6. The DLA encourages residents to come out for the workshop that starts at 5:30pm on August 1st, and then voice your opinion at the Public Hearing that follows at 7:00pm. Our understanding is that the workshop session will feature a round table type discussion involving City Council Members, the PRTF and the City’s Transportation Planning Unit. There’s a lot to learn, so get your questions answered then make your voice heard.

    Ready to select your preferred light rail option? Complete our survey.

  7. I am no transportation expert, so I can’t possibly offer a valid opinion on what is ideal. The only element that I would consider is density. Unless we can get people stop complaining about heights and density, no matter how great a line is, it will become a money pit and arm those who oppose light rail with valid reasons why we shouldn’t pursue a larger scale light rail system.

    Sorry if my comment is a little off-topic, but I am a bit tired of hearing complains over density and heights every time someone proposes a 5-8 story building with 200-300 units. We need to connect residents with useful destinations, especially shopping and entertainment venues.

    Anyway, great thoughts. Let’s hope that we’ll get something useful that many Raleighites will be able to utilize on a regular basis.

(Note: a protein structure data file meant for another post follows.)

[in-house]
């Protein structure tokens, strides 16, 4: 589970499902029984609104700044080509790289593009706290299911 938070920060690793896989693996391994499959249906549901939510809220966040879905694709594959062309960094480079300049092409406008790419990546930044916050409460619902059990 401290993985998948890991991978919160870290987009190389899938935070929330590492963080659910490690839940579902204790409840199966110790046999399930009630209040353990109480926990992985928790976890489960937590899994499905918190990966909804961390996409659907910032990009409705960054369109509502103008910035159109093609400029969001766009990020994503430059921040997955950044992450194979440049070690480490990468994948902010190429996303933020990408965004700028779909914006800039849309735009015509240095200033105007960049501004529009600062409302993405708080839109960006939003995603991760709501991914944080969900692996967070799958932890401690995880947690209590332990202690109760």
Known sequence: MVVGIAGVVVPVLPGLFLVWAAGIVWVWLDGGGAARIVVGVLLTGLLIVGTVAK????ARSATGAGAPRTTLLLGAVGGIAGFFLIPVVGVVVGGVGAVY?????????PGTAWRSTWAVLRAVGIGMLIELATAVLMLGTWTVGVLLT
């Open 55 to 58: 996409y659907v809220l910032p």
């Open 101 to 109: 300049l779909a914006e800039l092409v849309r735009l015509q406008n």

8. Depending on the routing, you could run both a streetcar loop and light rail routes on the same tracks. Portland, OR does something similar, and having ridden their system, I can’t believe how far behind we are in implementing something similar. I want to be able to use transit, but my 25 minute commute from Garner to North Hills is a 2+ hour bus marathon as it stands now, and there is no route to get me in to the office at a time that wouldn’t get me fired.

  9. D6A penetrates downtown Raleigh far more effectively than D6.

    I also support multi-modal transportation, but people will find it more convenient to not have to switch modes. Half the purpose of this system was to shuttle people directly into downtown. I would support both options though.

  10. I’d encourage everyone to visit the below link to a short blog post focusing primarily on the last graphic and paragraph.

    Raleigh is an up and coming, generally forward thinking city. However, we’re behind many U.S. cities (and leaps and bounds behind many global cities) in our approach to the future of transport and energy costs.